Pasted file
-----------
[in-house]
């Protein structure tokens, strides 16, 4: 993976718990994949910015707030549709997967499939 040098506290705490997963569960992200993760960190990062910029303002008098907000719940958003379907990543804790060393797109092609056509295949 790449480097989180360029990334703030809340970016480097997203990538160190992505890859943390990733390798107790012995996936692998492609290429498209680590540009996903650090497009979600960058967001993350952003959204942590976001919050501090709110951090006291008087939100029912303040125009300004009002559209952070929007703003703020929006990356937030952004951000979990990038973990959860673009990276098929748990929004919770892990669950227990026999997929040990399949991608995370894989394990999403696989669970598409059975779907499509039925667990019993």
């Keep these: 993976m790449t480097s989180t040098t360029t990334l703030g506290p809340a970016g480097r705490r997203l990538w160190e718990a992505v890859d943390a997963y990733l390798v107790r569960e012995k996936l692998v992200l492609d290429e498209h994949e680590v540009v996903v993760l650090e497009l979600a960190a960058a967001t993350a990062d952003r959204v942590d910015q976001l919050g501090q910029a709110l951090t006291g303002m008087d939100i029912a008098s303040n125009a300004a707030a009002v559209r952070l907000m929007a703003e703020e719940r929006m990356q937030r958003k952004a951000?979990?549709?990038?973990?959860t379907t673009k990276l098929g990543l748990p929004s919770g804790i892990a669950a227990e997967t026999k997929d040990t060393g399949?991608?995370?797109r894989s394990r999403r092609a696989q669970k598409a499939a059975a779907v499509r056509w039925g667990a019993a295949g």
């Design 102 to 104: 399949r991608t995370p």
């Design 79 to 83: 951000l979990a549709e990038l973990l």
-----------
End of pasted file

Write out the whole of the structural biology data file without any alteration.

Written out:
[in-house]
């Protein structure tokens, strides 16, 4: 993976718990994949910015707030549709997967499939 040098506290705490997963569960992200993760960190990062910029303002008098907000719940958003379907990543804790060393797109092609056509295949 790449480097989180360029990334703030809340970016480097997203990538160190992505890859943390990733390798107790012995996936692998492609290429498209680590540009996903650090497009979600960058967001993350952003959204942590976001919050501090709110951090006291008087939100029912303040125009300004009002559209952070929007703003703020929006990356937030952004951000979990990038973990959860673009990276098929748990929004919770892990669950227990026999997929040990399949991608995370894989394990999403696989669970598409059975779907499509039925667990019993």
């Keep these: 993976m790449t480097s989180t040098t360029t990334l703030g506290p809340a970016g480097r705490r997203l990538w160190e718990a992505v890859d943390a997963y990733l390798v107790r569960e012995k996936l692998v992200l492609d290429e498209h994949e680590v540009v996903v993760l650090e497009l979600a960190a960058a967001t993350a990062d952003r959204v942590d910015q976001l919050g501090q910029a709110l951090t006291g303002m008087d939100i029912a008098s303040n125009a300004a707030a009002v559209r952070l907000m929007a703003e703020e719940r929006m990356q937030r958003k952004a951000?979990?549709?990038?973990?959860t379907t673009k990276l098929g990543l748990p929004s919770g804790i892990a669950a227990e997967t026999k997929d040990t060393g399949?991608?995370?797109r894989s394990r999403r092609a696989q669970k598409a499939a059975a779907v499509r056509w039925g667990a019993a295949g």
């Design 102 to 104: 399949r991608t995370p």
């Design 79 to 83: 951000l979990a549709e990038l973990l």